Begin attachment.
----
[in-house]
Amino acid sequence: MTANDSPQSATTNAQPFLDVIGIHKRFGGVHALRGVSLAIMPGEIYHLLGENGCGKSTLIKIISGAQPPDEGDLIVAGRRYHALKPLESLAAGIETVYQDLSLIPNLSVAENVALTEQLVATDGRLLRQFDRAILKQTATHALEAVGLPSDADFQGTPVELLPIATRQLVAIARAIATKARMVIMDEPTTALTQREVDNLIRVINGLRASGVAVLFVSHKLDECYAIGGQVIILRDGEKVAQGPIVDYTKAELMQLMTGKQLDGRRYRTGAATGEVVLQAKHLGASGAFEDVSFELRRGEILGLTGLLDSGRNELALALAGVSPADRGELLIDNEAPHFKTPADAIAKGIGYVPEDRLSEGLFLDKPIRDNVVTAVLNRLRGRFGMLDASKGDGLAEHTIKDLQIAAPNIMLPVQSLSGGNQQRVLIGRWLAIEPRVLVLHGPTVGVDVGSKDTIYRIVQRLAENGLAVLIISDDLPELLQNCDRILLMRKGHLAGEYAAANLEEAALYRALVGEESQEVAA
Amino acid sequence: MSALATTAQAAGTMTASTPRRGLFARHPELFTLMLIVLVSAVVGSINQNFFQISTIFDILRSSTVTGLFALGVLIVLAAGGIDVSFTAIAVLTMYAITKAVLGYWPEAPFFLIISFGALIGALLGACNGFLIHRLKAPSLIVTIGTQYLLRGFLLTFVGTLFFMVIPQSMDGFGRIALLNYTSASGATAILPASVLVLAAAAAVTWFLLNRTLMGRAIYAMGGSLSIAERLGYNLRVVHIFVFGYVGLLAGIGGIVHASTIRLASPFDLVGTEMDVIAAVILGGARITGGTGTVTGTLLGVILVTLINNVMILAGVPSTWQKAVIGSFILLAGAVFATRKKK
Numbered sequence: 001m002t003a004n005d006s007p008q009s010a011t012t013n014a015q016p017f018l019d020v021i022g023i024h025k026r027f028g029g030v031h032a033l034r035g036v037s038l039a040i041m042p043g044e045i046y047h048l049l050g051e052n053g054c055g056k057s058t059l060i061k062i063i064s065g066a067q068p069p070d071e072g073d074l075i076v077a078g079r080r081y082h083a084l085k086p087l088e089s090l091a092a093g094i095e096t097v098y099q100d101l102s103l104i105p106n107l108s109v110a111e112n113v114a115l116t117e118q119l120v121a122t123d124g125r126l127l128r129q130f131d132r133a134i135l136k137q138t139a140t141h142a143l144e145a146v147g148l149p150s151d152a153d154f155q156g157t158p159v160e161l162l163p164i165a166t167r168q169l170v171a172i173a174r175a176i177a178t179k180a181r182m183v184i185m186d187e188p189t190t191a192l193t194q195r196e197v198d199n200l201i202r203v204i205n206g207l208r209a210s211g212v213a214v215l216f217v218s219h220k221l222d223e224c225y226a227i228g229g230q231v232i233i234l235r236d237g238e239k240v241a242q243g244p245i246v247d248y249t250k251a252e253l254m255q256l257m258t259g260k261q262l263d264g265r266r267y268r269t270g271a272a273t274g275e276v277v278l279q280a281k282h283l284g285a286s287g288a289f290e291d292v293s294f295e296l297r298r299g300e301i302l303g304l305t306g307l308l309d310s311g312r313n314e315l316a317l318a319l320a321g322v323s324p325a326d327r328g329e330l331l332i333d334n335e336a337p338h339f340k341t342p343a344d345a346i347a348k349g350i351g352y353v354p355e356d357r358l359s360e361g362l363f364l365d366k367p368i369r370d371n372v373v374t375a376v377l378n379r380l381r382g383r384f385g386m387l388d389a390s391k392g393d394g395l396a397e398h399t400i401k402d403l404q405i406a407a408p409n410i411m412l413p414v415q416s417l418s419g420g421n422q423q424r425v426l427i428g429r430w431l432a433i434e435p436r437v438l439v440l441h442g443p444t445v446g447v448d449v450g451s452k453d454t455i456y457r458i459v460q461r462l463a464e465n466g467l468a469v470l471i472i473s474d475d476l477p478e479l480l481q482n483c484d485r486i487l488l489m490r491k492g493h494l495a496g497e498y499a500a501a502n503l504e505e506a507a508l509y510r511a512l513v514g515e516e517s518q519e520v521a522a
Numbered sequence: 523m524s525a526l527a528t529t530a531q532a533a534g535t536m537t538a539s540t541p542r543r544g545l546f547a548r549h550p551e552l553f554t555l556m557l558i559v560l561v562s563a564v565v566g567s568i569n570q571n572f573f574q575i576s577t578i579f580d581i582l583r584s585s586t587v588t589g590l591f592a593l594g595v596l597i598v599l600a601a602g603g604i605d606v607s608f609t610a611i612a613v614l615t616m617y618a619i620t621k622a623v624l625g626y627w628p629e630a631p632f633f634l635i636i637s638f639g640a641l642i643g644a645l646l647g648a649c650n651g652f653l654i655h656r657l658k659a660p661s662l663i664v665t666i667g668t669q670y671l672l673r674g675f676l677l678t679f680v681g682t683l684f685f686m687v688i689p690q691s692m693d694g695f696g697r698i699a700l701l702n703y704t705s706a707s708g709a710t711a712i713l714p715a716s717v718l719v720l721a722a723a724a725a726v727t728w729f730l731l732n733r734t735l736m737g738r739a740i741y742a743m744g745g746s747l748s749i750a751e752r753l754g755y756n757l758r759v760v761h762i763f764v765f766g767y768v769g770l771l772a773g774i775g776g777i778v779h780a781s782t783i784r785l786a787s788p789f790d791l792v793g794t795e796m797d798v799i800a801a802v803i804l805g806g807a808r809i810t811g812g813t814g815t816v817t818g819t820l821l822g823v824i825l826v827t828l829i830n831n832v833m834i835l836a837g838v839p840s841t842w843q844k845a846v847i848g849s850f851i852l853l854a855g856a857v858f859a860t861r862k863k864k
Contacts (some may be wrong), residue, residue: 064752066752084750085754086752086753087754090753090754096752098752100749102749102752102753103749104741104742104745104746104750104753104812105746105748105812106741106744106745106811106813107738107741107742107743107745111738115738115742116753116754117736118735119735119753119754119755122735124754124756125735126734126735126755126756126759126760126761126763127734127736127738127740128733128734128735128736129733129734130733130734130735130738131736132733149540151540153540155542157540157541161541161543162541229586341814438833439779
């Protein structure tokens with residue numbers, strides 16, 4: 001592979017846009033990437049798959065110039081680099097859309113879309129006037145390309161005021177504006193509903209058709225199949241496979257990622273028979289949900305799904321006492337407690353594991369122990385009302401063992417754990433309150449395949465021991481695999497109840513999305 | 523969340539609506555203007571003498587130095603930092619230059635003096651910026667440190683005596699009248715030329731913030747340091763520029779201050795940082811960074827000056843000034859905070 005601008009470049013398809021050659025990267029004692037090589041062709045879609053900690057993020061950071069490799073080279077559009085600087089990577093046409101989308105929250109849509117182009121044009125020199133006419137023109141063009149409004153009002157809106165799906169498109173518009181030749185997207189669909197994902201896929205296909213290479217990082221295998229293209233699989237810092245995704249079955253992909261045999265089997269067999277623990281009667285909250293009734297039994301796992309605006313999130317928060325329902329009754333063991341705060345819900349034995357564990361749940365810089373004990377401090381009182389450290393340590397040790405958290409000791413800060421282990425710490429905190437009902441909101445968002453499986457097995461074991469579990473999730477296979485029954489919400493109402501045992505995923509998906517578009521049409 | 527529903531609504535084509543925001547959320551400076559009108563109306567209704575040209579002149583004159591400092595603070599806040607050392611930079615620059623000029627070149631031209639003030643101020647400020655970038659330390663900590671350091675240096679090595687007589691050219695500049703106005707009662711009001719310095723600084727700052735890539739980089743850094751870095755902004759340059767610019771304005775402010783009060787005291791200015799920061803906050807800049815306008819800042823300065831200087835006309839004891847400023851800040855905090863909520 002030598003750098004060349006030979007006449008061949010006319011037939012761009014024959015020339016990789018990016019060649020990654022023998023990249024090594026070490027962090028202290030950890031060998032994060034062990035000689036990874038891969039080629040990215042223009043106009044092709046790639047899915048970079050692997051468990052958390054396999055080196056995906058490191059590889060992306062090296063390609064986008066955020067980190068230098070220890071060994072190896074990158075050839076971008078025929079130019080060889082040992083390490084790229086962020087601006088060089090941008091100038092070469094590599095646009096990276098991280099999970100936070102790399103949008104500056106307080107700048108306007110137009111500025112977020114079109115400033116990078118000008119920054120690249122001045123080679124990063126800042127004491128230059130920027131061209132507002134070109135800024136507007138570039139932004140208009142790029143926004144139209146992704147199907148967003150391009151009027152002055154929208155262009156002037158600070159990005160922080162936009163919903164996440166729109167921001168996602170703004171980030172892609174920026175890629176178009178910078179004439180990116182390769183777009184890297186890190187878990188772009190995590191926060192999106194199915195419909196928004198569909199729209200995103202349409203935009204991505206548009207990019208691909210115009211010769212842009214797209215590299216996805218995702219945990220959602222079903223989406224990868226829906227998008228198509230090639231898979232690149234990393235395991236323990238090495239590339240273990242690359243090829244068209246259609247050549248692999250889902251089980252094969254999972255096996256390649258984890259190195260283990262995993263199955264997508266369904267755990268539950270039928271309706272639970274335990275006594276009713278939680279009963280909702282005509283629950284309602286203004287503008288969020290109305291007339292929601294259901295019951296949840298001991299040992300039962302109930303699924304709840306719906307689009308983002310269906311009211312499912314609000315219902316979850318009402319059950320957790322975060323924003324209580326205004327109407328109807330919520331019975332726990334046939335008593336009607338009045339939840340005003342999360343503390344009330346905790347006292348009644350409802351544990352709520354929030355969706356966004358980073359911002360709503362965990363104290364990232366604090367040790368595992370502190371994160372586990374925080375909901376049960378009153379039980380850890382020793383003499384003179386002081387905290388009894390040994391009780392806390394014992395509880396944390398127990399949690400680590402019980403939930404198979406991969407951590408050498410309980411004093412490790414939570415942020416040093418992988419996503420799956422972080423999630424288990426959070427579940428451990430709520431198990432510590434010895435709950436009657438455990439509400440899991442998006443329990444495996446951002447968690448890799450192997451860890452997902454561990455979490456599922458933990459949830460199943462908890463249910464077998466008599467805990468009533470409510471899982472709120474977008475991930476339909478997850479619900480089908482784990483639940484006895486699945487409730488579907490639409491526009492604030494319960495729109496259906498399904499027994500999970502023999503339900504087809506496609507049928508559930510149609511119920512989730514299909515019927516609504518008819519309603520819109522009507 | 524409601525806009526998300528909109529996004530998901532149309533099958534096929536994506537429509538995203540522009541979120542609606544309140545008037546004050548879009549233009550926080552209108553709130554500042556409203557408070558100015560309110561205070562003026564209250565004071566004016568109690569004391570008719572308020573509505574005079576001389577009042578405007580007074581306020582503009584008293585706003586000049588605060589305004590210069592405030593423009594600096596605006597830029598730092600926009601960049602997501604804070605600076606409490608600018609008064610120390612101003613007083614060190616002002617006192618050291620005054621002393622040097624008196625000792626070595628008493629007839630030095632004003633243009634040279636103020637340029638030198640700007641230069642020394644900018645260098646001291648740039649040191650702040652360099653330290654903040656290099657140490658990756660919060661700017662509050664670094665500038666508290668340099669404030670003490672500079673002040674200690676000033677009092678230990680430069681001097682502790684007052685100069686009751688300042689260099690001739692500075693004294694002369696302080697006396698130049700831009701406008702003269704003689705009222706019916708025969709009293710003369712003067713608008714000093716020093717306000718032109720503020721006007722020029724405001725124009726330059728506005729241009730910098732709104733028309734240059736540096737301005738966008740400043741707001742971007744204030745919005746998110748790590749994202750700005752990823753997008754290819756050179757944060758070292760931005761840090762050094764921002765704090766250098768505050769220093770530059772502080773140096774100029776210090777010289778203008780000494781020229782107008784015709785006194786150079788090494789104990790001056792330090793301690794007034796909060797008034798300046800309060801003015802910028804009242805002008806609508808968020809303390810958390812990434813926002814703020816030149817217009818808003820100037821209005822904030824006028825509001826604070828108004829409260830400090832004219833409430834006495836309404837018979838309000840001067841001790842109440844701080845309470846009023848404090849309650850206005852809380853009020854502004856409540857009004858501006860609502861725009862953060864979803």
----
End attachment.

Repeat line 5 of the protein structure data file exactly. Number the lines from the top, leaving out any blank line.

Numbered sequence: 523m524s525a526l527a528t529t530a531q532a533a534g535t536m537t538a539s540t541p542r543r544g545l546f547a548r549h550p551e552l553f554t555l556m557l558i559v560l561v562s563a564v565v566g567s568i569n570q571n572f573f574q575i576s577t578i579f580d581i582l583r584s585s586t587v588t589g590l591f592a593l594g595v596l597i598v599l600a601a602g603g604i605d606v607s608f609t610a611i612a613v614l615t616m617y618a619i620t621k622a623v624l625g626y627w628p629e630a631p632f633f634l635i636i637s638f639g640a641l642i643g644a645l646l647g648a649c650n651g652f653l654i655h656r657l658k659a660p661s662l663i664v665t666i667g668t669q670y671l672l673r674g675f676l677l678t679f680v681g682t683l684f685f686m687v688i689p690q691s692m693d694g695f696g697r698i699a700l701l702n703y704t705s706a707s708g709a710t711a712i713l714p715a716s717v718l719v720l721a722a723a724a725a726v727t728w729f730l731l732n733r734t735l736m737g738r739a740i741y742a743m744g745g746s747l748s749i750a751e752r753l754g755y756n757l758r759v760v761h762i763f764v765f766g767y768v769g770l771l772a773g774i775g776g777i778v779h780a781s782t783i784r785l786a787s788p789f790d791l792v793g794t795e796m797d798v799i800a801a802v803i804l805g806g807a808r809i810t811g812g813t814g815t816v817t818g819t820l821l822g823v824i825l826v827t828l829i830n831n832v833m834i835l836a837g838v839p840s841t842w843q844k845a846v847i848g849s850f851i852l853l854a855g856a857v858f859a860t861r862k863k864k